The primary purpose of a fastening is to fix the rail to the sleeper. The rail may be fixed either directly or indirectly with the help of fastenings. In the process, the fastening gets subjected to strong vertical, lateral, and longitudinal forces. The forces, which are predominantly dynamic, increase rapidly with increasing loads and speeds. In addition, vibrations are generated by moving loads mainly on account of geometrical irregularities in the track and due to the forces set up by the imbalance in the rolling stock. The traditional rigid fastening, which so far has fulfilled its task to a certain extent, is no longer able to effectively meet the present challenge of heavy dynamic forces and, therefore, becomes loose under the impact of high-frequency vibrations of the order of 800 to 1000 cycles per second, even at a moderate speed of 100 kmph. In fact, this type of fastening is unable to hold the rail to the sleeper firmly for a satisfactory length of time because of the constant pressure exerted by moving loads. Due to the shocks and vibrations caused by moving loads, the rigid fastenings become loose, an interplay between the components of the track develops, track parameters get affected, and rapid deterioration of the track begins. To solve these problems a fastening which could safeguard track parameters and dampen the vibrations is required. This has led to the development of the elastic fastening.
Requirements of an Elastic Fastening
The ideal elastic fastening should meet the following requirements.
(a) It should hold the gauge firmly in place.
(b) It should have an adequate toe load which should not reduce under service.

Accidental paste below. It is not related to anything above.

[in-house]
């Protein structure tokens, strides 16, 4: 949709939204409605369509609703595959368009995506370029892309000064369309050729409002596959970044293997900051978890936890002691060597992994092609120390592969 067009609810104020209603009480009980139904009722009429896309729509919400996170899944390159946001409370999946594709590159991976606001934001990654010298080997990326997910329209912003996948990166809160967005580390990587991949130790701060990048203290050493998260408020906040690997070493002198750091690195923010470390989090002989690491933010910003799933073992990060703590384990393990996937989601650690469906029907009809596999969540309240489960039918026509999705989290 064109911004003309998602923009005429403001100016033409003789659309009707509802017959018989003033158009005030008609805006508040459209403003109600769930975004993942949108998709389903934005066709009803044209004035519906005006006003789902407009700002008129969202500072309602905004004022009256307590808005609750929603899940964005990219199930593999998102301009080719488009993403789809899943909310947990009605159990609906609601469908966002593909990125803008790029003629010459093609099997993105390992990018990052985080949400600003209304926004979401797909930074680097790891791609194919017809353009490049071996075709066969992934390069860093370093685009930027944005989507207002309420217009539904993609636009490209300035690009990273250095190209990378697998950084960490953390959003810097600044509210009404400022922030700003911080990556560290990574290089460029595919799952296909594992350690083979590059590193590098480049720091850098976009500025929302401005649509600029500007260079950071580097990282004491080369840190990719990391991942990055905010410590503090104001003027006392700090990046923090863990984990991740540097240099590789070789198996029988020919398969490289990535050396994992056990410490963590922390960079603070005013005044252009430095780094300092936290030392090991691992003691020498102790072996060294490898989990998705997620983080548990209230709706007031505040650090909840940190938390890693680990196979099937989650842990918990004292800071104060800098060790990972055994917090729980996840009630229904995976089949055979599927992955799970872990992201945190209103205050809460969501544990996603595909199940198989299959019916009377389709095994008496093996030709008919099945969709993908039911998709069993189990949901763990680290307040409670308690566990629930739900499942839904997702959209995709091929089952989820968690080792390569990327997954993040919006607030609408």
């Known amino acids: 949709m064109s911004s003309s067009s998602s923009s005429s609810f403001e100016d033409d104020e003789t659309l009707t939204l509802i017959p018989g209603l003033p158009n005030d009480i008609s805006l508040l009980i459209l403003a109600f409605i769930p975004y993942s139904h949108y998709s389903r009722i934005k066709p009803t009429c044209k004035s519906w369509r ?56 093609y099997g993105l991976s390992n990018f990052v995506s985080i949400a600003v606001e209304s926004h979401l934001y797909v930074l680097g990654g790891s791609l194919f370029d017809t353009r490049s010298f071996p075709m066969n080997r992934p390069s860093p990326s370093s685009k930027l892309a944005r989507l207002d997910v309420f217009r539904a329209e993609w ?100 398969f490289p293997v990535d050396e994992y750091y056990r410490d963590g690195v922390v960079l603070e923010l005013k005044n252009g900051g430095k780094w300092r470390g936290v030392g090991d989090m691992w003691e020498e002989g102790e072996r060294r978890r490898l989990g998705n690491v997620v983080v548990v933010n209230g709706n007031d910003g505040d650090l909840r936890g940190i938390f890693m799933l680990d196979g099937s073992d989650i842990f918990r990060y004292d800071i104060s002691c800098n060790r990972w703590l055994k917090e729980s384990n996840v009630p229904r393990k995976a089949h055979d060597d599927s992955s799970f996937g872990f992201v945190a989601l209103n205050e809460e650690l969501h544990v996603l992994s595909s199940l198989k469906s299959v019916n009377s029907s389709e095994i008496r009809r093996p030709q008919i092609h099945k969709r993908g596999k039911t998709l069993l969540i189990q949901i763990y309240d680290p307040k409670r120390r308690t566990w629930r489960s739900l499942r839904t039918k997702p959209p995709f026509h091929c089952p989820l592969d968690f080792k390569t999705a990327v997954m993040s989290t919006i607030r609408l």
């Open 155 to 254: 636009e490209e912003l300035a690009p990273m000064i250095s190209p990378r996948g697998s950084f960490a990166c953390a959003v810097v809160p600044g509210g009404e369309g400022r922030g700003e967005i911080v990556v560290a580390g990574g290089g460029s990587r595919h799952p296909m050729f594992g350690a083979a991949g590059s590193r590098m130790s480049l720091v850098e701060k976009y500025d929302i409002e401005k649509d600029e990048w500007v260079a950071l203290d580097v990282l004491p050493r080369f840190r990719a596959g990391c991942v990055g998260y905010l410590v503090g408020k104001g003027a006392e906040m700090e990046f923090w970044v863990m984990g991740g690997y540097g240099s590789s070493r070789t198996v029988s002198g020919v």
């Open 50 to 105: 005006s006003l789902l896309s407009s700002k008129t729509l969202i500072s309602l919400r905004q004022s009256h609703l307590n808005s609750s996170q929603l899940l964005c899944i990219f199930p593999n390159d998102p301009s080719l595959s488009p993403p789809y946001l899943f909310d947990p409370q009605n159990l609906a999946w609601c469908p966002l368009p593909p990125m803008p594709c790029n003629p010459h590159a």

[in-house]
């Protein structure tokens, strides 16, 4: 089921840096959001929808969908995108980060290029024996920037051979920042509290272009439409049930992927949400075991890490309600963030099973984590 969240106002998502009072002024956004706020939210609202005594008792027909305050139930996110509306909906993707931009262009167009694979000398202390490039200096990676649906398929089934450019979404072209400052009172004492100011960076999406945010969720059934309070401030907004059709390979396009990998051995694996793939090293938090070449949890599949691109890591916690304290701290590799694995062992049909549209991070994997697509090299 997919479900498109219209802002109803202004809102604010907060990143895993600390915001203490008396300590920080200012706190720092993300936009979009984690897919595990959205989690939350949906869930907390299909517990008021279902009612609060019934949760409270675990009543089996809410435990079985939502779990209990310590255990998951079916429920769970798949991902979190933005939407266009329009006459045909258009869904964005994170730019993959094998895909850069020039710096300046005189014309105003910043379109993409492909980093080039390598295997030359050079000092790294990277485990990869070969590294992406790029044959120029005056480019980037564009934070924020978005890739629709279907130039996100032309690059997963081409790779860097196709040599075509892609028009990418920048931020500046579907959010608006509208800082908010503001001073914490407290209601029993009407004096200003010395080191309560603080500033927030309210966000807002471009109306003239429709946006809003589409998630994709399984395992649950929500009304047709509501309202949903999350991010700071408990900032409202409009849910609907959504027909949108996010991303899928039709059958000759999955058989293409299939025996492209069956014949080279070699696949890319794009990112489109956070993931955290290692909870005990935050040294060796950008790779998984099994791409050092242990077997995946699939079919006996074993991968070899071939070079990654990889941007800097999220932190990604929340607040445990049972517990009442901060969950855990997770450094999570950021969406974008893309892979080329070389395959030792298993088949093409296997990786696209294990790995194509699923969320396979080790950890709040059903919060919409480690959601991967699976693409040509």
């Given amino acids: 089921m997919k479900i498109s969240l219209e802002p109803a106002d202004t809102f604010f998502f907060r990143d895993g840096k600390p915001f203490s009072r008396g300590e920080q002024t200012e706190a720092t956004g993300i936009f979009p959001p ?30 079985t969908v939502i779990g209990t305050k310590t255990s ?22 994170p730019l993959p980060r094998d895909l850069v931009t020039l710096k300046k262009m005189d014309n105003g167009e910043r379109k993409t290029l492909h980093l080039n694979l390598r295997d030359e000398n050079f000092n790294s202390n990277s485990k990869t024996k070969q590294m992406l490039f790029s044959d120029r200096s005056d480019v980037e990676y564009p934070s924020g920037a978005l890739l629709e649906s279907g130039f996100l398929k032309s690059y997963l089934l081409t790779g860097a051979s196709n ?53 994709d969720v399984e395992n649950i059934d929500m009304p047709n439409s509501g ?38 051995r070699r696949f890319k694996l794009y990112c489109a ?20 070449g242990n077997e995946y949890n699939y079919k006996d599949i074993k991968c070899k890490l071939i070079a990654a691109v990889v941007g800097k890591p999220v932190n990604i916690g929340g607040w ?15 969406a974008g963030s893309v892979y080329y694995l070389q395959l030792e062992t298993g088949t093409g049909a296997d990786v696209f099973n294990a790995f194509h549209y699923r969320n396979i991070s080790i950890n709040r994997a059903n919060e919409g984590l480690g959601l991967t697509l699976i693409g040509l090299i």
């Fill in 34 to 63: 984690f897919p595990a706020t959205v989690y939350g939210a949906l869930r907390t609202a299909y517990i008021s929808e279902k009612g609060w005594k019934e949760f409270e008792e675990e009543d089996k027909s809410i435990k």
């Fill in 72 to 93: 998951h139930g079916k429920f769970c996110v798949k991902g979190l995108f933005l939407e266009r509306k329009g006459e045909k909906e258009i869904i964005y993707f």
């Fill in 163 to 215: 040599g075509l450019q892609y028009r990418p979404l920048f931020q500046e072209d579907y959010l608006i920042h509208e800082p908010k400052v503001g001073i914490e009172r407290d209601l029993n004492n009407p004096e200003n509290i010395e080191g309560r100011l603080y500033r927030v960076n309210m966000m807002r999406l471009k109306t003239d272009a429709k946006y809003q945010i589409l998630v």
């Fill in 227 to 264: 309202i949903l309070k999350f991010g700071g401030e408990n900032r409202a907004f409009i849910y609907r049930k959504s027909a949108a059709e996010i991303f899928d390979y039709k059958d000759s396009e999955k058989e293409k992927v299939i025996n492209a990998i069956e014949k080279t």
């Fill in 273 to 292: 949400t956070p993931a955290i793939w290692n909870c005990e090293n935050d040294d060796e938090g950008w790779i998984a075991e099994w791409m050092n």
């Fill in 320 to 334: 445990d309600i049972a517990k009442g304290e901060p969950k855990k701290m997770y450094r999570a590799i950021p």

(c) It should provide sufficient elasticity to absorb the vibrations and shocks caused by moving loads.
(d) It should help in keeping the track well maintained.
(e) It should offer adequate resistance to lateral forces in order to maintain the stability of the track.
(f) It should provide adequate resistance to the longitudinal forces that are a result of the acceleration of moving loads and other miscellaneous factors. These longitudinal forces tend to cause the development of creep in the track.
(g) It should be of the 'fit and forget' type so that it requires least maintenance.
(h) It should not lose its properties even when it is used over and over.
(i) It should have as few parts as possible and these parts should be easy to manufacture, lay, and maintain.
(j) It should be irremoveable so that once fitted it cannot be taken out and as such it should not be vulnerable to sabotage or theft.
(k) It should be universally applicable so that it can be used with wooden, steel, or concrete sleepers.
(l) It should be cheap and long lasting.
Types of Elastic Fastenings
An elastic fastening is usually in the form of a clip. Various types of clips have been developed over the years; these are discussed here in detail.